Lastly, playing a different instrument will often bring you a rediscovered respect and excitement for your own skillset on the guitar. Trying an instrument you’re not very good at playing instantly shows you how good you are on your primary one, and that in itself can be very motivating. You’ll go back to it feeling immediately more capable, masterful and excited because it’s an instrument you already have a hard-earned command over. After spending time as a rookie on a different instrument, you’ll appreciate how far on you are as a guitarist.


7. Play With People

Grab your guitar, go out and find other people to play with. Whether it’s an informal muck about with friends, a jam night in a pub or something more akin to a ‘proper’ band practice, the act of playing with (and playing for, let’s be clear) other humans is a huge way to ignite your interest back into the guitar.

Why? Well, the context dictates that you can’t stop and start when you mess up, since you’ll be mid-song with other players! This encourages you to be more present and focussed on what you’re doing. You’ll also be taking turns to be the centre of attention and then a supporting player, which can do lots to bring context and variety to your playing and technique.

Playing with other musicians makes you play more often at your A-game, whilst simultaneously upping your game. It’s essential, in other words.


6. Play With New People

Playing with other people is great, but maybe you’re stuck in a rut because you are thoroughly sick of playing with the same three or four people? Week in, week out, it’s the same tunes, the same drum patterns, the same vocal inflections, the same complaints…it’s all just getting a bit old.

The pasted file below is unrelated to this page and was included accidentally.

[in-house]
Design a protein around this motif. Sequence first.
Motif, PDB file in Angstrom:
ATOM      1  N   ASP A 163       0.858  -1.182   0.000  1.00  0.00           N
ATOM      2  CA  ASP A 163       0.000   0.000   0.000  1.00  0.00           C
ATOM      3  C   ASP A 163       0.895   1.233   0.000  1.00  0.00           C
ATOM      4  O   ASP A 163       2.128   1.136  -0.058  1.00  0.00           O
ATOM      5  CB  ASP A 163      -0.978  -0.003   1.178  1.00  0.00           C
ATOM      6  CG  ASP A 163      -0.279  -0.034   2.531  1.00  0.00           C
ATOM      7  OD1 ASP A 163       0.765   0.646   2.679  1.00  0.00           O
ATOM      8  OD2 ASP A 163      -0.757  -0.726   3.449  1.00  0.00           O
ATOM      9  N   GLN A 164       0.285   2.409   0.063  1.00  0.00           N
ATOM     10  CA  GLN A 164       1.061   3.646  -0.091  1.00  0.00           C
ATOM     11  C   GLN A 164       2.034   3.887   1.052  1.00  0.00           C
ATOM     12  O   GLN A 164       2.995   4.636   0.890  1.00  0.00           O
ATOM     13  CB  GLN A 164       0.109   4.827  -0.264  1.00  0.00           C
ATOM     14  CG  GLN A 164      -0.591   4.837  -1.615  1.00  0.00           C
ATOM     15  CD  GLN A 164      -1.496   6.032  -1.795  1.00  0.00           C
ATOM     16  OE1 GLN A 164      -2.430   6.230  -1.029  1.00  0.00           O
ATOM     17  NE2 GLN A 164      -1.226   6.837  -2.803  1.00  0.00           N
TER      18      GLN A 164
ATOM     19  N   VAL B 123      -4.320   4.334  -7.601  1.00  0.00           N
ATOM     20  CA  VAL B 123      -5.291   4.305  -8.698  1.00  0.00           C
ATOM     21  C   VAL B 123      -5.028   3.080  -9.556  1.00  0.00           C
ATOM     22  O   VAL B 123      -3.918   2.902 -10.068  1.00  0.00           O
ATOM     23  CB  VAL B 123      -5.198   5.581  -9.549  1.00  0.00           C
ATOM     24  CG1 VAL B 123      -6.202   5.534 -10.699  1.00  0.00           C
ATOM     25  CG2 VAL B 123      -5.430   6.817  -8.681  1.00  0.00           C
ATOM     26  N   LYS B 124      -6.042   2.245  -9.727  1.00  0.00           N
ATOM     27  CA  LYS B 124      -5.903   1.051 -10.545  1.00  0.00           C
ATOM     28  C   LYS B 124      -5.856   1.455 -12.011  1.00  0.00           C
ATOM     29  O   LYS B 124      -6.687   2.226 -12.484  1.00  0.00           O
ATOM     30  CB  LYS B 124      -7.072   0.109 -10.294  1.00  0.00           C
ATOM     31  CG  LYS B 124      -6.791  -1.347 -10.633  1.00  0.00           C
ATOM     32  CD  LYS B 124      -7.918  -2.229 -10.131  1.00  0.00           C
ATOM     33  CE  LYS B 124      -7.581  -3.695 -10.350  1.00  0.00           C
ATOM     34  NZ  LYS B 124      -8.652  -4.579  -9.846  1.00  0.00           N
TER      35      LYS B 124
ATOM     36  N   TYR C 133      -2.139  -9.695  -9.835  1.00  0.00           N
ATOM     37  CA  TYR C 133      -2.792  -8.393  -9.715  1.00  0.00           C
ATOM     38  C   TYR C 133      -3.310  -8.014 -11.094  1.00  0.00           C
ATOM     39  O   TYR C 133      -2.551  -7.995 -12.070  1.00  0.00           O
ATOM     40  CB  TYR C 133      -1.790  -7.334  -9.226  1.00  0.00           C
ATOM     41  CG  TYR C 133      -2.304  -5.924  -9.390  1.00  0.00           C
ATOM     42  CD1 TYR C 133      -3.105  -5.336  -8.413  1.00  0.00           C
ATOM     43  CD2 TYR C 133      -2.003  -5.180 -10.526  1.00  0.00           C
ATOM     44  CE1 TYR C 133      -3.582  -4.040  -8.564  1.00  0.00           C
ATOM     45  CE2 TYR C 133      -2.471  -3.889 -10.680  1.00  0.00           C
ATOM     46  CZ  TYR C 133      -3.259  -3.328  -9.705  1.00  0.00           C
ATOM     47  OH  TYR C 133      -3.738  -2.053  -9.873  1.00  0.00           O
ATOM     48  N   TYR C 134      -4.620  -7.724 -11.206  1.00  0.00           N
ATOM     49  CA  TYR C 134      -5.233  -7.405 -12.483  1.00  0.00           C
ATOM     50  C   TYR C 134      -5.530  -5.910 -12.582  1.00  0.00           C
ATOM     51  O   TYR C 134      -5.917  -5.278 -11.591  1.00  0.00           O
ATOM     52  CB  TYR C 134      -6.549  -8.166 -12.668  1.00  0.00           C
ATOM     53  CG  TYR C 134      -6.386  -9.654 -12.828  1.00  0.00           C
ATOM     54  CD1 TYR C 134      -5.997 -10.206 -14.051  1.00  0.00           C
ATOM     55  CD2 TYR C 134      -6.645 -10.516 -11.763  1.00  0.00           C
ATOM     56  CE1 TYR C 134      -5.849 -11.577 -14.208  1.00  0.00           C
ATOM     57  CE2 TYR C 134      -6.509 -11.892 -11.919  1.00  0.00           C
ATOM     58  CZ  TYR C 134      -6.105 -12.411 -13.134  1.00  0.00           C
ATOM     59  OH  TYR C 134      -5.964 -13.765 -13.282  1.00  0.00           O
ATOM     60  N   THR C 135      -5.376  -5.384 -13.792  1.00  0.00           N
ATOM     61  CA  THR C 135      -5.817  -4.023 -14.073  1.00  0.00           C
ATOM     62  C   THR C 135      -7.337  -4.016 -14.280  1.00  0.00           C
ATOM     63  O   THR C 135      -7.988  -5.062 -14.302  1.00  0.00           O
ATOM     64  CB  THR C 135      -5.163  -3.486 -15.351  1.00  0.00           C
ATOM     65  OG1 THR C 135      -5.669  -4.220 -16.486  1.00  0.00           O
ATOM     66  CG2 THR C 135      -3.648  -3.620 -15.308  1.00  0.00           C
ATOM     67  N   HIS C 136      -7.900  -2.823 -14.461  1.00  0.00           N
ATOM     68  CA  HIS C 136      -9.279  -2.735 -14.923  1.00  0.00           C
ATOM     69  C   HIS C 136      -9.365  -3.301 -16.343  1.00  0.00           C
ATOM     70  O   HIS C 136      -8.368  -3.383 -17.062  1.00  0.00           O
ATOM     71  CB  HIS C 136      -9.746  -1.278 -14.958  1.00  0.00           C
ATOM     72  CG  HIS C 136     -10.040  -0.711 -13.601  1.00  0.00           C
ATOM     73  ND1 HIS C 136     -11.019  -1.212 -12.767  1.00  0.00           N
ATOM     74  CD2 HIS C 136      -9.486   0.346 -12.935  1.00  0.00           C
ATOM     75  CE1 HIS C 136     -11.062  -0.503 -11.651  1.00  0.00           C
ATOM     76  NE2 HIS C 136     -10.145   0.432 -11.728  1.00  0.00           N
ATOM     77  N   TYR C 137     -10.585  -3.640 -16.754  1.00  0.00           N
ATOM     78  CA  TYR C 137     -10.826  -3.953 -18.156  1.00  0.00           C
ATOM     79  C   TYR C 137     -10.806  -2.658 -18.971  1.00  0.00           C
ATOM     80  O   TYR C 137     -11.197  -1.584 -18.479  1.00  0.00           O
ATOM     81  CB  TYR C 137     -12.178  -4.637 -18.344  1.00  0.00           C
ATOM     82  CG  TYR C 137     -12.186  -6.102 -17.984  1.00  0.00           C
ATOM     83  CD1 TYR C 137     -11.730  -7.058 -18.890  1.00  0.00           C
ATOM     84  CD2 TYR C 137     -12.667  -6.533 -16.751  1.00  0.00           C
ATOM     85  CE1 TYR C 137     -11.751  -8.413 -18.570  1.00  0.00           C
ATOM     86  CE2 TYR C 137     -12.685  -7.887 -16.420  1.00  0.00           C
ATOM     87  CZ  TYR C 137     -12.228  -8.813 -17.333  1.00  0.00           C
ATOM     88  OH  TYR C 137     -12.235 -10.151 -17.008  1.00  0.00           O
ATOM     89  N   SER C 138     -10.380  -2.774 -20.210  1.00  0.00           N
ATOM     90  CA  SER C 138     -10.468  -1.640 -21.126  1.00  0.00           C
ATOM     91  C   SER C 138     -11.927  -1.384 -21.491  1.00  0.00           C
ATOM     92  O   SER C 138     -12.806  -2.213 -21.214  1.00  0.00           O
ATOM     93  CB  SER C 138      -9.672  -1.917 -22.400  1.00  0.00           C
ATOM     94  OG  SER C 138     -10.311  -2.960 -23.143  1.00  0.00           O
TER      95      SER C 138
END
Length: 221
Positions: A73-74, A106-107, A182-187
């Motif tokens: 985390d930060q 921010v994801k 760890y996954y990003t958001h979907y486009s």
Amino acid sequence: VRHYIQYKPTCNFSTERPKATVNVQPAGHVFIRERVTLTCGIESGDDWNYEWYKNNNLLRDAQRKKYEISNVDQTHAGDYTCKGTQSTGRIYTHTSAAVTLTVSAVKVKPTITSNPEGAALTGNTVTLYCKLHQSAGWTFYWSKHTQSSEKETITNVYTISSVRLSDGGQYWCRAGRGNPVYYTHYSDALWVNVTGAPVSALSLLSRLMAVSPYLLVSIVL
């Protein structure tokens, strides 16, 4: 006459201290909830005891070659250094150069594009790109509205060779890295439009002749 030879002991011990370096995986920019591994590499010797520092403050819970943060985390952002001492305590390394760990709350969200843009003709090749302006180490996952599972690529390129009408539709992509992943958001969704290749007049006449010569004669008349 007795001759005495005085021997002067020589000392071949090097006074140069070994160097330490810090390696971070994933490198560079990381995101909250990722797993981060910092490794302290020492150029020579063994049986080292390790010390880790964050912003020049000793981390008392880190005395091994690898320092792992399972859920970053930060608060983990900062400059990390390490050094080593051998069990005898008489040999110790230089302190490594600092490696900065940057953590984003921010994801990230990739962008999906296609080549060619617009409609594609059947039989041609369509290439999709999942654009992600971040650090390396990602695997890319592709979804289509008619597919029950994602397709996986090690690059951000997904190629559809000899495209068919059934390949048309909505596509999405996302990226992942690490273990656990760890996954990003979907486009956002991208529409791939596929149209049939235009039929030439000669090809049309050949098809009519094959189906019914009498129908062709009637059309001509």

Time for some fresh blood! Find another group or band to play with, even as an adjunct to your main band or project. You don’t have to start a new band or anything as high falutin’; just be in a room with new people, in a musical context. You’ll be presented with musical situations you haven’t been in before, and this experience can’t help but re-energise you accordingly.

It may even make your usual suspects shine more favourably in comparison, who knows?


5. Practice Something Difficult

It could be that you’ve plateaued as a player. You’ve reached a good skill level and can impress your friends and family, maybe even the locals at the weekly blues jam. But you’ve long since stopped seeking out pieces that will increase your skills. This has led to a slowly creeping frustration, a feeling that you’ve hit a ceiling in your playing experience.

Well, it’s time to break through those limits! Hard work and dedication are needed. You need to focus all of your attention on learning a piece of music that’s currently beyond your reach, skill-wise. It’s time to pick something ridiculous, dig in and practise, practise, practise until you fully get it.

It’s not even a shred thing: this could be gypsy-jazz, or flamenco, or any other demanding piece of music that makes you up your game in order to tackle it. No excuses!


5. Play Something Easy

This may sound counterintuitive - particularly given our last tip - but maybe you’re trying too hard and it’s killing your fun? If all you do is practise, practise, practise, it can really kill the joy that should be inherent when playing an instrument. If this sounds like you, then we suggest taking the other road. Play something really easy.